Schubert and a fishy tale

The one that didn’t get away. Continue reading Schubert and a fishy tale

Schubert’s black-winged demon of sorrow

In 1827 Franz Schubert held a candle during Beethoven’s funeral. Distressed by the death of the composer he revered above all others, Schubert’s thoughts turned to his own poor health and growing sense of mortality. He died the following year in a cold, dark Vienna garret, but not before completing one last masterpiece. Continue reading Schubert’s black-winged demon of sorrow

Desert Island Discs (2) – Beethoven and Schubert

Ludwig van Beethoven’s Piano Sonata No. 29 in B flat major, Op. 106, known as the “Hammerklavier”, is widely considered to be one of the most important works of the piano repertoire. Continue reading Desert Island Discs (2) – Beethoven and Schubert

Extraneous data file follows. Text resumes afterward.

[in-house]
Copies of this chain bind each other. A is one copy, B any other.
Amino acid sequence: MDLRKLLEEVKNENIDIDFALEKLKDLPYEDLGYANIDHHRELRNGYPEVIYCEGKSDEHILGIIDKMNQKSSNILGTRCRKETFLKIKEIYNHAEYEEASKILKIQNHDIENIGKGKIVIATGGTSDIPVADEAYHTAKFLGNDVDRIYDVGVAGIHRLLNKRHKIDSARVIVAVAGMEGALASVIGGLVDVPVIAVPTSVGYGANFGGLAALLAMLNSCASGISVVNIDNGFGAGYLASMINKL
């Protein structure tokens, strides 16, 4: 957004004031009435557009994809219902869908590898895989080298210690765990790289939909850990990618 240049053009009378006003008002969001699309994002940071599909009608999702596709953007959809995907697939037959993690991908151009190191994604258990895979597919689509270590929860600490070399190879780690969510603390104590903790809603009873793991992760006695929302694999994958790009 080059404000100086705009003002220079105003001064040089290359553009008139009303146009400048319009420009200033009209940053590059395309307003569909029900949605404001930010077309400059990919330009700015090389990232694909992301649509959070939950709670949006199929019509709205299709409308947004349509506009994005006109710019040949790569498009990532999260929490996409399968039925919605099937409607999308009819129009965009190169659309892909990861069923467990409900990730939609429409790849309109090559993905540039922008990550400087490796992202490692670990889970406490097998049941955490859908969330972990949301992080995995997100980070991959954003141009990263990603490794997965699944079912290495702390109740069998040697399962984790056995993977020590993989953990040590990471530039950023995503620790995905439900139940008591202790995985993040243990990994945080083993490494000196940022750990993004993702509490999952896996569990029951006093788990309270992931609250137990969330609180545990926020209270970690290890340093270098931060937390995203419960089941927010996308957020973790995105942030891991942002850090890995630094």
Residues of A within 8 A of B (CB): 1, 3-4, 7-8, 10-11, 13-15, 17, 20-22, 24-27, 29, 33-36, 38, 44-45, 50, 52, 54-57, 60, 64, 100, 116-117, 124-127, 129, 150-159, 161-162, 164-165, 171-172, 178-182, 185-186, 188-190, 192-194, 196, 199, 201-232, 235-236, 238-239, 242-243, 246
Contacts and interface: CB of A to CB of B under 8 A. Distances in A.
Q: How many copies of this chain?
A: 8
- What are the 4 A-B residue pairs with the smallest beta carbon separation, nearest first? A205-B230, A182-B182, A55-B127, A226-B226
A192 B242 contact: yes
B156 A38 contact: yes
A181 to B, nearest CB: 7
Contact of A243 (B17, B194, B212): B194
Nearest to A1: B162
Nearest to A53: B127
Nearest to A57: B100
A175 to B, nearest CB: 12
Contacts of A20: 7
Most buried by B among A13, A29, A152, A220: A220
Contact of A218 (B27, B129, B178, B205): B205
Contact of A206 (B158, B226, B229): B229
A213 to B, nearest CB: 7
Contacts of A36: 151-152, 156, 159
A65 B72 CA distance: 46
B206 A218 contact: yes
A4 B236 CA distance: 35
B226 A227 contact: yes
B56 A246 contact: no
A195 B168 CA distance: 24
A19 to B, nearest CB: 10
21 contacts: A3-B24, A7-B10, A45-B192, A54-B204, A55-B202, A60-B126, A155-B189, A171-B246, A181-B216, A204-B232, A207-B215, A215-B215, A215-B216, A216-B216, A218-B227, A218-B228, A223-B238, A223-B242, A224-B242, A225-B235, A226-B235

“Music, when soft voices die…”

When Franz Schubert died in 1828, his brother Ferdinand consigned his manuscripts to a cupboard, where they gathered dust. On a visit in 1839 the composer Robert Schumann unearthed the “Great” C major symphony, subsequently given its first performance by Mendelssohn. Little did they know there was much more to be discovered. Continue reading “Music, when soft voices die…”

Musical cost benefit analysis

Jokes (?) about conductors are two-a-penny and usually scurrilous, closely followed by jokes about singers (sopranos and tenors top the list) and orchestral musicians (viola players are wantonly insulted). Continue reading Musical cost benefit analysis